Westlink M7 - formerly Western Sydney Orbital - is one of Sydney, Australia's urban motorways and a part of the Sydney Orbital Network. It is a tolled motorway that is operated by Transurban and connects three motorways: M5 South Western Motorway at Prestons, M4 Western Motorway at Eastern Creek and M2 Hills Motorway at Baulkham Hills. It opened on 16 December 2005, eight months ahead of schedule.
Western Sydney is the fastest growing part of the Sydney metropolitan area. The Ring Road 5 and State Route 55 - and later State Route 77 - originally meant to bypass Sydney, had instead become primary arteries for the western suburbs.
By the late 1990s and first decade of the 21st century Western Sydney had become the third biggest producer of Australia's GDP, after the Sydney CBD and Melbourne. The growth of industrial and residential areas brought about a massive increase in traffic on its local roads. This led to the planning of the Western Sydney Orbital which, among its original purposes, was to serve the stillborn second international airport at Badgerys Creek.
In January 2001 the federal government made a commitment to progressively contribute A$356 million to the M7 project, with the remaining A$1.5 billion required for the design and construction provided by the private sector. The NSW Minister for Planning authorised the undertaking in February 2002.
The M7 Motorway was privately funded through an innovative construction contract method known as a "deed" to facilitate the expedition of the tendering phase; several deeds were drawn up based on the contractors proposals. The deed was for the full design, construction, operation and maintenance of the motorway including more than 40 kilometres (25 mi) of continuously reinforced concrete (CRCP) and asphalt roads, upgrading of local roads, the longest free-flowing (no toll booths) toll road in the world at the time. More than 90 bridges (of four different types) and the largest shared path network in the southern hemisphere. The design, construct, operate and maintain contract worth at least A$2.0 billion was awarded to WSO (Western Sydney Orbital Pty Ltd) by the Roads & Traffic Authority. The design and construct portion of the contract valued at A$1.8 billion was awarded to a joint venture between ABI Group and Leighton Contractors (ALJV) with design work undertaken by a further joint venture by Maunsell Australia and SMEC (Snowy Mountains Engineering Corporation) with further subcontracting to other designers (Arup) and independent verification by Sinclair Knight Merz (SKM). The motorway was opened to traffic in 2005. WSO (commonly known as Westlink) operate the motorway with maintenance subcontracted to Westlink Services and tolling to ROAM. With its opening, Metroad 7 between Liverpool and Beecroft was transferred from Cumberland Highway to Westlink M7. Westlink M7 was the first Sydney motorway to be marked with an alphanumeric shield rather than the hexagonal Metroad shield.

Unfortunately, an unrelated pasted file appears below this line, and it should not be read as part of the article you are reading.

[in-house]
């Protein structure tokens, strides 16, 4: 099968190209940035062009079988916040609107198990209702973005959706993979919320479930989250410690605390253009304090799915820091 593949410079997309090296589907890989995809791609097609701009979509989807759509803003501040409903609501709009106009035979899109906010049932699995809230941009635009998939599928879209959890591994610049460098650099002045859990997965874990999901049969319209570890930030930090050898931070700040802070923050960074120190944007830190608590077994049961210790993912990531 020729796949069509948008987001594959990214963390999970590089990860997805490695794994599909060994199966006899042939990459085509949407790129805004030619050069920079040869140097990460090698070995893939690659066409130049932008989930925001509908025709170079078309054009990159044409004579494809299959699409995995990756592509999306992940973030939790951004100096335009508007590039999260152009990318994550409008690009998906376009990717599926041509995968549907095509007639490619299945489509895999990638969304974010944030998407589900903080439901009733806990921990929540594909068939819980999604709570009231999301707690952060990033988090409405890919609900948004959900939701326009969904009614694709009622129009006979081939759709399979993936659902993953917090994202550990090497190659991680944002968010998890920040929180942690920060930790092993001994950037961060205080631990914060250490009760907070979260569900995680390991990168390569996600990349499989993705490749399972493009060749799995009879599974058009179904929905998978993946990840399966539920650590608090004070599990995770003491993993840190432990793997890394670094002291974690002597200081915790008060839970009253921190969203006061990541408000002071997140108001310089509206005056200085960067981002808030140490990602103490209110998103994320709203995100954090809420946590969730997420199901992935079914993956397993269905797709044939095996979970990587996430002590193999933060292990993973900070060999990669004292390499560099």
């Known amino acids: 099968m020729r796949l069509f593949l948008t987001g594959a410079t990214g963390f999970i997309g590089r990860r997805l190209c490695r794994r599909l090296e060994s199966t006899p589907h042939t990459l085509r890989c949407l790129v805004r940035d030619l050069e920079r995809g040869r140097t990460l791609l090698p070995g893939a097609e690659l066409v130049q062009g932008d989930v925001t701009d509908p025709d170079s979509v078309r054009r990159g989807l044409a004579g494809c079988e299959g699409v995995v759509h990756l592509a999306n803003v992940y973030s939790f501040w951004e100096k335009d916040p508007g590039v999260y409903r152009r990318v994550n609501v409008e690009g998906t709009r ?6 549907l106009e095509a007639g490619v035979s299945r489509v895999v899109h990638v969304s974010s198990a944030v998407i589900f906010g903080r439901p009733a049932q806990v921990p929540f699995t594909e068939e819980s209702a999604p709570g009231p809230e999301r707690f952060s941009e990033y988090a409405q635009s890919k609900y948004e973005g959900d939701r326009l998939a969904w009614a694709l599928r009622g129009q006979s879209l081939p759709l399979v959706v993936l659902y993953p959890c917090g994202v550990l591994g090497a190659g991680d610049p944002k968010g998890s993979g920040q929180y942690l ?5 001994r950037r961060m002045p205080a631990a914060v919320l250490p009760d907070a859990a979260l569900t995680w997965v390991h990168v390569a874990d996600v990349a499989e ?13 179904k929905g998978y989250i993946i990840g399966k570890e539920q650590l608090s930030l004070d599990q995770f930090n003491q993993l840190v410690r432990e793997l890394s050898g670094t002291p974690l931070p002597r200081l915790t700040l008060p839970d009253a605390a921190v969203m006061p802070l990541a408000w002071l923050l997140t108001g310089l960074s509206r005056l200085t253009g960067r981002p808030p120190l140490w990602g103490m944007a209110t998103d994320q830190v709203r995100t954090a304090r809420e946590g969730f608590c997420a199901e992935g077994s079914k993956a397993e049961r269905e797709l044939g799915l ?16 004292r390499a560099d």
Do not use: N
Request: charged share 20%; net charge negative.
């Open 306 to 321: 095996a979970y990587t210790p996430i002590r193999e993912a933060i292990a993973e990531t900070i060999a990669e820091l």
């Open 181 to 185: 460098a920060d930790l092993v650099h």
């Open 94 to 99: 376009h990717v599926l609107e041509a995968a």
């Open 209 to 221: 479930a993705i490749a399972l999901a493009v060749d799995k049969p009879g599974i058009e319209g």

On 25 December 2005, just 9 days after opening, the M7 suffered its first fatality: a 12-year-old boy died at Cecil Park when the four-wheel drive he was travelling in rolled down an embankment and onto Elizabeth Drive, almost crushing another car.
The M7 originates at the Roden Cutler Interchange, a Y-junction with the M31 Hume Motorway and M5 South Western Motorway at Prestons, and weaves to the west of Liverpool to the junction of Elizabeth Road and Wallgrove Road in Abbotsbury. From then on it runs parallel to Wallgrove Road north towards the Great Western Highway and the Light Horse interchange, a stack junction with the M4. Continuing north, it leads to Minchinbury and follows alongside Rooty Hill Road up to Dean Park at an exit with Rooty Hill Road North and Richmond Road. From this junction the M7 turns eastward through Quakers Hill and Kings Langley up to the interchange with Old Windsor Road to Norwest Business Park and continues southeast to reconcile with the existing M2 Hills Motorway in Baulkham Hills. It is 4 lanes (2 lanes each way) for its entire length.
The Light Horse Interchange is the junction of the M4 and M7 motorways. The stack interchange is the largest of its type in the southern hemisphere. It was named in honour of an Australian World War One formation, the Australian Light Horse.
The Westlink was built as a fully tolled, gateless motorway employing electronic payment, with an initial toll-free period that ended on 15 January 2006. The toll was originally 29.91 cents per kilometre, capped after 20 kilometres (12 mi) at $5.98. On 1 April 2006, this increased to 30.07 cents per kilometre, capped after 20 kilometres (12 mi) at $6.01. As of 2015, the toll was 38.31 cents per kilometre, capped at $7.66, and adjusted quarterly according to the CPI.